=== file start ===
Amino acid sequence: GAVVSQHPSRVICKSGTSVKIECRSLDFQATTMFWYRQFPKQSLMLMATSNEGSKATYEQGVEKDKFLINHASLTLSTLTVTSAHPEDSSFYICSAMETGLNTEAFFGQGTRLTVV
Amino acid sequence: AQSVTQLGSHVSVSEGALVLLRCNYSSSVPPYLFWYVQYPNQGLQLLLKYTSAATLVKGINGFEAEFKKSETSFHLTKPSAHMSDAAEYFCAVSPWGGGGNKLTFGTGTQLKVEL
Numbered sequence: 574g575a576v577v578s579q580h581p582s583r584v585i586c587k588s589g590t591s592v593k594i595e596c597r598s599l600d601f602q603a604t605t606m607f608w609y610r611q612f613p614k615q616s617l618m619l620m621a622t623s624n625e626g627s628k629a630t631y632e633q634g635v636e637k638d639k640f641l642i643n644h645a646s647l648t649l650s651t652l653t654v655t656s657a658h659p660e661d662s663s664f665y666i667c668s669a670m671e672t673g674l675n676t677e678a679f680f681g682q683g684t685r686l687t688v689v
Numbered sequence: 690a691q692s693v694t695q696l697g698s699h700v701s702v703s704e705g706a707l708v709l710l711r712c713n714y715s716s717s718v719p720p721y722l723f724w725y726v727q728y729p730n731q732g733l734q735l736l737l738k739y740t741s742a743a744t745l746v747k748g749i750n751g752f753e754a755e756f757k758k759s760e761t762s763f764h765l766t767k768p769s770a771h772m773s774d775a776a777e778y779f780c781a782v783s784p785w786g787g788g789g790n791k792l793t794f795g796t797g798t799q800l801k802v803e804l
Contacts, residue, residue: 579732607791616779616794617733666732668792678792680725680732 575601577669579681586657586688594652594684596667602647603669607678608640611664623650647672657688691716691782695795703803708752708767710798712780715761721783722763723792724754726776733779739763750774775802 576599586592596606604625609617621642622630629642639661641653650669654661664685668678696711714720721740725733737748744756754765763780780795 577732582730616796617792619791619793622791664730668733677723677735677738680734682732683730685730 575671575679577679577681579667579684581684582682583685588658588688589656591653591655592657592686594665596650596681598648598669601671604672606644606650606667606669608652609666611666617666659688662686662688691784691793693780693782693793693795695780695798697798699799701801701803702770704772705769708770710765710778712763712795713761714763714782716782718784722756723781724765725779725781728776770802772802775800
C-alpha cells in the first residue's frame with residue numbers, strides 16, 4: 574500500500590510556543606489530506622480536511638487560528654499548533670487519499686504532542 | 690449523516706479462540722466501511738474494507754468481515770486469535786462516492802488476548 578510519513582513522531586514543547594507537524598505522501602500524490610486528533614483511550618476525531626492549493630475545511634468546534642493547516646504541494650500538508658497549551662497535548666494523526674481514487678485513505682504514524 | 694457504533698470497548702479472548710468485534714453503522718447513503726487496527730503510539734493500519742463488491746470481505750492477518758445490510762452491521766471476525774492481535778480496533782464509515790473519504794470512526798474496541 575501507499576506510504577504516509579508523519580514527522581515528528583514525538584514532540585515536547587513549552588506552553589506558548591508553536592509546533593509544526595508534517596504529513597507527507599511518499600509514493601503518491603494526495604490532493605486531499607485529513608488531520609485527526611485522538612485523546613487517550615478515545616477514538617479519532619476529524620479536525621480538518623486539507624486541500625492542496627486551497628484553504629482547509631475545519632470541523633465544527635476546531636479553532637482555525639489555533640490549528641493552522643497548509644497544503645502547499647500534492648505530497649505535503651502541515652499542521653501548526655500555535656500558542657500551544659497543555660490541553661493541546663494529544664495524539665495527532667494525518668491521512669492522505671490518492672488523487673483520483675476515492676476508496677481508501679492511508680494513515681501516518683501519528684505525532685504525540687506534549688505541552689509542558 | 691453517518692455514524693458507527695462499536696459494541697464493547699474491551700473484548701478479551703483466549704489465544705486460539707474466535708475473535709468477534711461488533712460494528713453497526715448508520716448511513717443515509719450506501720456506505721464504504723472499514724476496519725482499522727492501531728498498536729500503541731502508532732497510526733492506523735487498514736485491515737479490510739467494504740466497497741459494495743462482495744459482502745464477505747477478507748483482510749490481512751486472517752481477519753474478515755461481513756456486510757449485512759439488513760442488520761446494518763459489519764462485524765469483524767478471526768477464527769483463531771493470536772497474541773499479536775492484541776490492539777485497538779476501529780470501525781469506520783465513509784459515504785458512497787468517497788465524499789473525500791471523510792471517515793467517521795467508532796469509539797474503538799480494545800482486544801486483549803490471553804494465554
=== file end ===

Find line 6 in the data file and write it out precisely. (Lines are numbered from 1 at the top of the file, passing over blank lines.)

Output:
C-alpha cells in the first residue's frame with residue numbers, strides 16, 4: 574500500500590510556543606489530506622480536511638487560528654499548533670487519499686504532542 | 690449523516706479462540722466501511738474494507754468481515770486469535786462516492802488476548 578510519513582513522531586514543547594507537524598505522501602500524490610486528533614483511550618476525531626492549493630475545511634468546534642493547516646504541494650500538508658497549551662497535548666494523526674481514487678485513505682504514524 | 694457504533698470497548702479472548710468485534714453503522718447513503726487496527730503510539734493500519742463488491746470481505750492477518758445490510762452491521766471476525774492481535778480496533782464509515790473519504794470512526798474496541 575501507499576506510504577504516509579508523519580514527522581515528528583514525538584514532540585515536547587513549552588506552553589506558548591508553536592509546533593509544526595508534517596504529513597507527507599511518499600509514493601503518491603494526495604490532493605486531499607485529513608488531520609485527526611485522538612485523546613487517550615478515545616477514538617479519532619476529524620479536525621480538518623486539507624486541500625492542496627486551497628484553504629482547509631475545519632470541523633465544527635476546531636479553532637482555525639489555533640490549528641493552522643497548509644497544503645502547499647500534492648505530497649505535503651502541515652499542521653501548526655500555535656500558542657500551544659497543555660490541553661493541546663494529544664495524539665495527532667494525518668491521512669492522505671490518492672488523487673483520483675476515492676476508496677481508501679492511508680494513515681501516518683501519528684505525532685504525540687506534549688505541552689509542558 | 691453517518692455514524693458507527695462499536696459494541697464493547699474491551700473484548701478479551703483466549704489465544705486460539707474466535708475473535709468477534711461488533712460494528713453497526715448508520716448511513717443515509719450506501720456506505721464504504723472499514724476496519725482499522727492501531728498498536729500503541731502508532732497510526733492506523735487498514736485491515737479490510739467494504740466497497741459494495743462482495744459482502745464477505747477478507748483482510749490481512751486472517752481477519753474478515755461481513756456486510757449485512759439488513760442488520761446494518763459489519764462485524765469483524767478471526768477464527769483463531771493470536772497474541773499479536775492484541776490492539777485497538779476501529780470501525781469506520783465513509784459515504785458512497787468517497788465524499789473525500791471523510792471517515793467517521795467508532796469509539797474503538799480494545800482486544801486483549803490471553804494465554